Tag: blogging

Interesting shit – Leveraging news for quality content

| September 2, 2014 | 0 Comments

I spend a lot of time blogging for businesses, large and small. And I’ve talked before about why it’s a great idea to turn breaking news into relevant, interesting blog posts.

Here are some actual examples to inspire you to create better-than-ever quality content and keep people coming back for more.

How to make breaking news work for your brand

4K TV ‘pseudoscience’ unmasked

I love the latest revelations about new generation 4K TVs, whose benefits are only discernible to the human eye when the image on the screen stays still. Otherwise the picture is no clearer than an ordinary HDTV which, as a different scientific experiment proved a couple of years ago, is in turn no better than an ordinary telly.

As the scientists said, “Using 4K resolution when we only see 50 or 60 pictures per second is daft.” 

That’s what I call the perfect news item to report on for my money saving blog clients. Why spend £££ on a 4K TV, or even HDTV technology, when human senses are not acute enough to notice the difference?

Kill the mini-beasts in your home at your peril…

Here’s another story that’d be perfect for the same client. It appears using pesticides, herbicides, antibacterials and other chemicals that kill the mini-beasts we live with has serious effects on human health… and things are set to get a lot worse.

When we use pesticides in the home, we speed up the evolution of the mostly-harmless creatures we’re trying to kill. As a result they’re evolving in sinister ways. As the article says:

“If we continue to try and eradicate organisms from our homes in this way, we will end up with ever more species adapted to cope with our chemical warfare. Much as we may want to, we will never create a sterile and barren environment – besides, it’s an ill-conceived objective since a home devoid of non-human organisms is one in which we cannot survive.”

The research contains plenty of detail. And the argument is controversial, flying in the face of big brand TV ads for products that kill hapless, harmless beasts like bacteria and archaea, many of which have lived cheek by jowl with humans for at least 8 million years. In short, it’s perfect blog post fodder.

The findings mean you’ll do much more than save cash by rejecting modern home cleaning products in favour of soapy water, elbow grease and a more forgiving attitude to dirt. It might save your health, or even your life.

Now that’s what I call a compelling story.

What’s it like being a baby? It’s like being on acid… all the time!

Making unusual and unexpected connections is something I do a lot in my work. Right now I wish I had a drug rehab client so I could write a post about the latest research on the brains of babies. And I’d make an interesting connection: it might help explain why so many humans enjoy altered states of mind, whether it’s through tobacco, booze, caffeine, acid, ecstasy or magic mushrooms.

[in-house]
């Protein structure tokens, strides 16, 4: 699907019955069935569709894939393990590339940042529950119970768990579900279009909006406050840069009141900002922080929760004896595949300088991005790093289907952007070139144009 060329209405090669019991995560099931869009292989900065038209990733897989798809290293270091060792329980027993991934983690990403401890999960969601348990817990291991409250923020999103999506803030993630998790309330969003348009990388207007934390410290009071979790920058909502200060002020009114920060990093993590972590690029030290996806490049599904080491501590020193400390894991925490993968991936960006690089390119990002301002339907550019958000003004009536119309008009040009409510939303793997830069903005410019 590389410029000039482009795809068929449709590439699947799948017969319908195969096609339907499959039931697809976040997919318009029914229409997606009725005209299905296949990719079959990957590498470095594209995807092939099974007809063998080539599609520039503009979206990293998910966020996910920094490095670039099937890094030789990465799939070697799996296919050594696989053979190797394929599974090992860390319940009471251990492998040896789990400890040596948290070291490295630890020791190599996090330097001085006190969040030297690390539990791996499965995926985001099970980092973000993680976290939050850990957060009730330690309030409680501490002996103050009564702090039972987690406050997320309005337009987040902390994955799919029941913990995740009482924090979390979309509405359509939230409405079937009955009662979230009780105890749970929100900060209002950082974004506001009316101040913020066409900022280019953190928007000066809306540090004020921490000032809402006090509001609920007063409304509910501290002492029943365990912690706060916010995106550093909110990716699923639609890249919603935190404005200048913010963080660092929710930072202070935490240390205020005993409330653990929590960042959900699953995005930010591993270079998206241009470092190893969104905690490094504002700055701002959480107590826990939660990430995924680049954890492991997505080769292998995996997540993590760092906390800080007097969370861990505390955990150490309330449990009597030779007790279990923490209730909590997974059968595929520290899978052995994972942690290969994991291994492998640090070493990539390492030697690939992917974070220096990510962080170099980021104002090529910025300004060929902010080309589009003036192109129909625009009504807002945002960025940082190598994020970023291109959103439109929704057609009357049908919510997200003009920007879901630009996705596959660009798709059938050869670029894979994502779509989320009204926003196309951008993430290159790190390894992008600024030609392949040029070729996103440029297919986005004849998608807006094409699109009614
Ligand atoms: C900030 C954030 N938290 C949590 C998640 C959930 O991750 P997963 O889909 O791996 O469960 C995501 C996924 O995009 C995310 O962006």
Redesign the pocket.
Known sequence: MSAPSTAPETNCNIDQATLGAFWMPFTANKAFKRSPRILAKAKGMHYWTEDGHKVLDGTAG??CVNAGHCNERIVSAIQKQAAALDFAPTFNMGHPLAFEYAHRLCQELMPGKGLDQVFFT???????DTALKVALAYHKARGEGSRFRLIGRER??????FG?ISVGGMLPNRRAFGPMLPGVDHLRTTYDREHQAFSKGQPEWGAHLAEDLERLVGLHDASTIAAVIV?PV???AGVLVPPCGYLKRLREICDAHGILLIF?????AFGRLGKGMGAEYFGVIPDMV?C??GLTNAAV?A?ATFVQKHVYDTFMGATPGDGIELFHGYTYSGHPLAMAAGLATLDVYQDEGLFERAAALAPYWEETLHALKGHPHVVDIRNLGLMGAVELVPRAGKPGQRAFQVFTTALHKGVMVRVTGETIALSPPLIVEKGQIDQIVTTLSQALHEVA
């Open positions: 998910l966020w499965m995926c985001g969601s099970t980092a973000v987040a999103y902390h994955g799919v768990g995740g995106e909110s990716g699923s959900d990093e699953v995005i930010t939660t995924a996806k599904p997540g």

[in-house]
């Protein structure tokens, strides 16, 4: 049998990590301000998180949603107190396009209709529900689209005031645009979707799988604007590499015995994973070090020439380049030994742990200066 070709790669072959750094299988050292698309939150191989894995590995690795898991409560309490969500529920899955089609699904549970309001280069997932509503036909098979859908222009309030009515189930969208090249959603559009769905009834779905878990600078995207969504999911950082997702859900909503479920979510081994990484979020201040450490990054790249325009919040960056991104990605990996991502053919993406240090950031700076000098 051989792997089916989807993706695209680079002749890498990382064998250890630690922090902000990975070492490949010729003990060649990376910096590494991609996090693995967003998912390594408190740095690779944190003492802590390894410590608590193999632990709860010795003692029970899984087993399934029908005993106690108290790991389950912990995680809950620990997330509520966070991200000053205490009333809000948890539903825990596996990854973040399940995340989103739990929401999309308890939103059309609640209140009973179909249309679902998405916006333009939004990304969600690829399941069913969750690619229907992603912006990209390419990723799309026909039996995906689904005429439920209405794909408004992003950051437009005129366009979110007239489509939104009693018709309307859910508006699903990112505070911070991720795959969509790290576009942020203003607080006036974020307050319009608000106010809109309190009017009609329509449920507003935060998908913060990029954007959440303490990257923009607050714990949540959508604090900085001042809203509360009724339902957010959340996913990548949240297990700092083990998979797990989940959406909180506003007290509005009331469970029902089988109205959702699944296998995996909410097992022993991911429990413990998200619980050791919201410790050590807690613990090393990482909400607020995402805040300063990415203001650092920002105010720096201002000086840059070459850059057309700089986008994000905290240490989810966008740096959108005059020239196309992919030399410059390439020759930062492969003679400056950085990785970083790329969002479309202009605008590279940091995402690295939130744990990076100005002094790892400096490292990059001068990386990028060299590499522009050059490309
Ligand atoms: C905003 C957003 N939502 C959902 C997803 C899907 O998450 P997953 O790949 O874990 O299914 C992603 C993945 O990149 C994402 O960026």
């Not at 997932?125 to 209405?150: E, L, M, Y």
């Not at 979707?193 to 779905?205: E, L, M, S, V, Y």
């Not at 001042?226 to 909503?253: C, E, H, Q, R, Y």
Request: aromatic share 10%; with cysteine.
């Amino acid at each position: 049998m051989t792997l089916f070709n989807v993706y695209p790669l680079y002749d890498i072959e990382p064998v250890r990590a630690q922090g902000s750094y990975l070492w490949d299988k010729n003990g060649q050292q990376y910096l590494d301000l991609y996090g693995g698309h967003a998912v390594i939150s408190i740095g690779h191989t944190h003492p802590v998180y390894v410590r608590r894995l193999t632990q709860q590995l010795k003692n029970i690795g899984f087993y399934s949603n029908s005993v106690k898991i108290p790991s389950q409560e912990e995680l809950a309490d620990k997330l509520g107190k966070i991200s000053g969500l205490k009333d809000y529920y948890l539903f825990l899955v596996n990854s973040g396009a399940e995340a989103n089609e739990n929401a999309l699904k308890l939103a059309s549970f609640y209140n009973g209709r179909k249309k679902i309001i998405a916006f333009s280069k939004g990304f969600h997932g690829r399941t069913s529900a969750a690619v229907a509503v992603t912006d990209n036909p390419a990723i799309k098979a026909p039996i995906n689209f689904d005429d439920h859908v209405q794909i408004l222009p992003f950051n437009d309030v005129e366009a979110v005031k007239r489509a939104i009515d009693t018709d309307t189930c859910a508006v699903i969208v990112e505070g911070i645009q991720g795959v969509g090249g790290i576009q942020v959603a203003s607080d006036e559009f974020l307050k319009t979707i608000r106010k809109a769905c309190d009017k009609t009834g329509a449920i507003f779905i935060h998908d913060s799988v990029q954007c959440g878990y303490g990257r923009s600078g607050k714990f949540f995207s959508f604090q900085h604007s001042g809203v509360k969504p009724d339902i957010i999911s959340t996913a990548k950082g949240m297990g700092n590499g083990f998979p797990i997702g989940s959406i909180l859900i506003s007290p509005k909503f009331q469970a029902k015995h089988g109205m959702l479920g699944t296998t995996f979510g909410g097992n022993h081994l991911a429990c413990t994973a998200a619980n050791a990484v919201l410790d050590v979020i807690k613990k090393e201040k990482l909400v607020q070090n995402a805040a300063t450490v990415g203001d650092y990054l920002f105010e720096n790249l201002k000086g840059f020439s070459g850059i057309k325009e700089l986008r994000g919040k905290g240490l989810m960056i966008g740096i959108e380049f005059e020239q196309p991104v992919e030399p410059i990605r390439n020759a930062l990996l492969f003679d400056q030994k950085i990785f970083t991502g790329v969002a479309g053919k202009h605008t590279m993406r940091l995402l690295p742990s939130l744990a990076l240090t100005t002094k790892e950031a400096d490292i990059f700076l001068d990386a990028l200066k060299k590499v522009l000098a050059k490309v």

What’s the story? Alison Gopnik from the University of California, Berkeley, has a suggestion. If you want to know what it’s like being a baby, you could, “go to Paris, fall in love, smoke four packs of Gauloise a day and down four double espressos.” 

Apparently a baby’s world is “vivid beyond adult imagination”, and the experience is very like taking drugs. As the article says, “the psychedelic state offers a window into what infant consciousness is like”.

Every human was once a baby. Ergo could our species’ love of mind-altering substances so deep-seated because it takes us back to those halcyon, thrilling, hyper-vivid times? Is it why so many grown-ups like to change the way they experience the world through coffee, fags, weed, E, cocaine and chocolate? If so, the findings could help identify cures for those who habitually take things too far and end up hooked.

Voila, the bare bones of another fascinating, unique and relevant post.

The very act of smiling makes us happy

The research above also includes the throwaway statement that, “The very act of smiling is thought to induce happiness”. Now that must be worth researching in itself, with the aim of writing a blog post for an NLP therapist or an organisation working with depressed people. If I had such a client, which I currently don’t, I’d be on it like a shot.

Quality content means sideways thinking

Can you see how a spot of creative thinking and dot-joining can reveal brilliant blog post ideas nobody else has thought of? Weave a few judicious keywords into each post and you’ll create even more of a digital marketing winner.

If you don’t have the right skills, why not get me on the case and I’ll do it on your behalf?